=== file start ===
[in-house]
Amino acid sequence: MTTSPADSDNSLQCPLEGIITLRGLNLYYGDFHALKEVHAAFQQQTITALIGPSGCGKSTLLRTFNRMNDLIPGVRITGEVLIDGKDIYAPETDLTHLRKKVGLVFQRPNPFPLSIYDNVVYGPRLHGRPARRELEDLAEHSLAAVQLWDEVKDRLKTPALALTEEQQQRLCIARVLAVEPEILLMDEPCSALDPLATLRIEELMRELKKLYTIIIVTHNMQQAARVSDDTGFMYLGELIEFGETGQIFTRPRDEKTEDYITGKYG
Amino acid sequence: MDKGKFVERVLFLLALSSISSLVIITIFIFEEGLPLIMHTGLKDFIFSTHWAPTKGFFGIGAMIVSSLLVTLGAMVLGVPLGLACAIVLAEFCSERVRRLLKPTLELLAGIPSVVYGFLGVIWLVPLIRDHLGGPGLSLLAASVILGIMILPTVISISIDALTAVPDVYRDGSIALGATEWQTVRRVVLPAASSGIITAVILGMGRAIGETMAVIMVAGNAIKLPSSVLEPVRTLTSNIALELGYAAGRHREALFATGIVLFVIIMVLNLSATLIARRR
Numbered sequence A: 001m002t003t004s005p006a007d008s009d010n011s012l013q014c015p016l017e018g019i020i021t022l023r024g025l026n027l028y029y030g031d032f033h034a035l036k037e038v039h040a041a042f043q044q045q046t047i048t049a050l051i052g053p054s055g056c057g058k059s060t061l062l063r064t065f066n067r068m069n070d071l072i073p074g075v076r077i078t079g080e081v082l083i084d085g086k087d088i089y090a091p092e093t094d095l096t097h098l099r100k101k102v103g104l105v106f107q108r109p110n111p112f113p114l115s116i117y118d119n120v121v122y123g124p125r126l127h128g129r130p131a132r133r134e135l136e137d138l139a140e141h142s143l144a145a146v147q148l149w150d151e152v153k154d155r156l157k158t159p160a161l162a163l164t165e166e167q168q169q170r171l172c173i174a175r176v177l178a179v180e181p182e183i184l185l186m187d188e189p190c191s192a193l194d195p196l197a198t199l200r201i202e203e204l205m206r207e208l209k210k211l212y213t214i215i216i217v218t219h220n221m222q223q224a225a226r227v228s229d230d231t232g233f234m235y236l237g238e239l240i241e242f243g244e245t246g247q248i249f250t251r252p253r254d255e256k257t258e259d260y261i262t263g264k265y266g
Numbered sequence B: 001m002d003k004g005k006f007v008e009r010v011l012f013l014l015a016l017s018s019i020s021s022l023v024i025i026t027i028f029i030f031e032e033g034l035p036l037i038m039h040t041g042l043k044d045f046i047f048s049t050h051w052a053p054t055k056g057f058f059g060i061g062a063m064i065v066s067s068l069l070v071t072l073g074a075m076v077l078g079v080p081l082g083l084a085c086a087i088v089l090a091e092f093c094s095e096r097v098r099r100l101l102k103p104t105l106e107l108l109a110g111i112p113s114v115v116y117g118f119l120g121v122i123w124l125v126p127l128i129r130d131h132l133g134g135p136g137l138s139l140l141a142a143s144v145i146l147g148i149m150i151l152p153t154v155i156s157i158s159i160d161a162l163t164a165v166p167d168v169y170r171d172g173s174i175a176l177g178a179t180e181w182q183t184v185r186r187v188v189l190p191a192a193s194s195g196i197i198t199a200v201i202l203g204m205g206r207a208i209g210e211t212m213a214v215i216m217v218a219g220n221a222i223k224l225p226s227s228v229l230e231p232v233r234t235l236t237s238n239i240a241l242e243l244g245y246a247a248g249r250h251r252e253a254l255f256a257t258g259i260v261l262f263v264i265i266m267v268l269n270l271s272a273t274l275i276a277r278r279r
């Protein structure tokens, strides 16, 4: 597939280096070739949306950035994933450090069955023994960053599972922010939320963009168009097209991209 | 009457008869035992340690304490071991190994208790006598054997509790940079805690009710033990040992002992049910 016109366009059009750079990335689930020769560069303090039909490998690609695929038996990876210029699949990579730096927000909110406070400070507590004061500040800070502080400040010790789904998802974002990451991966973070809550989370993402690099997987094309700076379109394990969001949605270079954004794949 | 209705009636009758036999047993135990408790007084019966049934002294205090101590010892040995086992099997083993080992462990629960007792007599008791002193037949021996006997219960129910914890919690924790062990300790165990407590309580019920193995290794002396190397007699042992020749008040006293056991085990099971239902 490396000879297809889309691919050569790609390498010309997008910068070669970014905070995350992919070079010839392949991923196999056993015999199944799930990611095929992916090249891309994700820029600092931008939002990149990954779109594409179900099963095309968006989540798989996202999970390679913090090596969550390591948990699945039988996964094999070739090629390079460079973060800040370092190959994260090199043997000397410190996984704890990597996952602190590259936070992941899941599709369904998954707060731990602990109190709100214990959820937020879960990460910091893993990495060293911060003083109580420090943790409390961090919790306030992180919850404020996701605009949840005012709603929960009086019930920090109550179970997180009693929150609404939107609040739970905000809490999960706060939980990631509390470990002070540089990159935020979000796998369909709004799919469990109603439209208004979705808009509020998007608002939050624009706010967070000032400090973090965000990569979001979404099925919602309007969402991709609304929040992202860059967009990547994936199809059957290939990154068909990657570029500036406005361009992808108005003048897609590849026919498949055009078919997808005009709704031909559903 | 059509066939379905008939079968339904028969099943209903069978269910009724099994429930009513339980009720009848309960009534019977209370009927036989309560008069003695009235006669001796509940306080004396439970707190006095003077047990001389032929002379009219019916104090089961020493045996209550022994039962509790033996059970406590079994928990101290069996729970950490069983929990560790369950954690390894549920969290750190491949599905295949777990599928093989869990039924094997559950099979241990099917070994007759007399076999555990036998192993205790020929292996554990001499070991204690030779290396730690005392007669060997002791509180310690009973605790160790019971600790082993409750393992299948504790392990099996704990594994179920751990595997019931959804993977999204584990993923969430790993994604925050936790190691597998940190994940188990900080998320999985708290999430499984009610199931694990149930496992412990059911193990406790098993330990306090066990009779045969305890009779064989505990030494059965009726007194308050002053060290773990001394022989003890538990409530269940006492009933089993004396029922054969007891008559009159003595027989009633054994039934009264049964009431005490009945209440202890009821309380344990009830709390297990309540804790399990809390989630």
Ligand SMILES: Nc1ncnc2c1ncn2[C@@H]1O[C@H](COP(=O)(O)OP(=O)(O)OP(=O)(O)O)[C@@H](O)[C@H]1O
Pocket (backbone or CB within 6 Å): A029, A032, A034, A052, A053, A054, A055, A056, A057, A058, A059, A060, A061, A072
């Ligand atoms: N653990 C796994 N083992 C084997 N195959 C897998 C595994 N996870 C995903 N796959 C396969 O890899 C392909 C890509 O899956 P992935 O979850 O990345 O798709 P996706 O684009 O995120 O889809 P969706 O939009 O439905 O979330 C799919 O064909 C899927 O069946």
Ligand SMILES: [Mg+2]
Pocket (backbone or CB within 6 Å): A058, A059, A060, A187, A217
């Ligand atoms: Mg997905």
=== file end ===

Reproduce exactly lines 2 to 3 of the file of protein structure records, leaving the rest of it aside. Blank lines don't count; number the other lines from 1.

Amino acid sequence: MTTSPADSDNSLQCPLEGIITLRGLNLYYGDFHALKEVHAAFQQQTITALIGPSGCGKSTLLRTFNRMNDLIPGVRITGEVLIDGKDIYAPETDLTHLRKKVGLVFQRPNPFPLSIYDNVVYGPRLHGRPARRELEDLAEHSLAAVQLWDEVKDRLKTPALALTEEQQQRLCIARVLAVEPEILLMDEPCSALDPLATLRIEELMRELKKLYTIIIVTHNMQQAARVSDDTGFMYLGELIEFGETGQIFTRPRDEKTEDYITGKYG
Amino acid sequence: MDKGKFVERVLFLLALSSISSLVIITIFIFEEGLPLIMHTGLKDFIFSTHWAPTKGFFGIGAMIVSSLLVTLGAMVLGVPLGLACAIVLAEFCSERVRRLLKPTLELLAGIPSVVYGFLGVIWLVPLIRDHLGGPGLSLLAASVILGIMILPTVISISIDALTAVPDVYRDGSIALGATEWQTVRRVVLPAASSGIITAVILGMGRAIGETMAVIMVAGNAIKLPSSVLEPVRTLTSNIALELGYAAGRHREALFATGIVLFVIIMVLNLSATLIARRR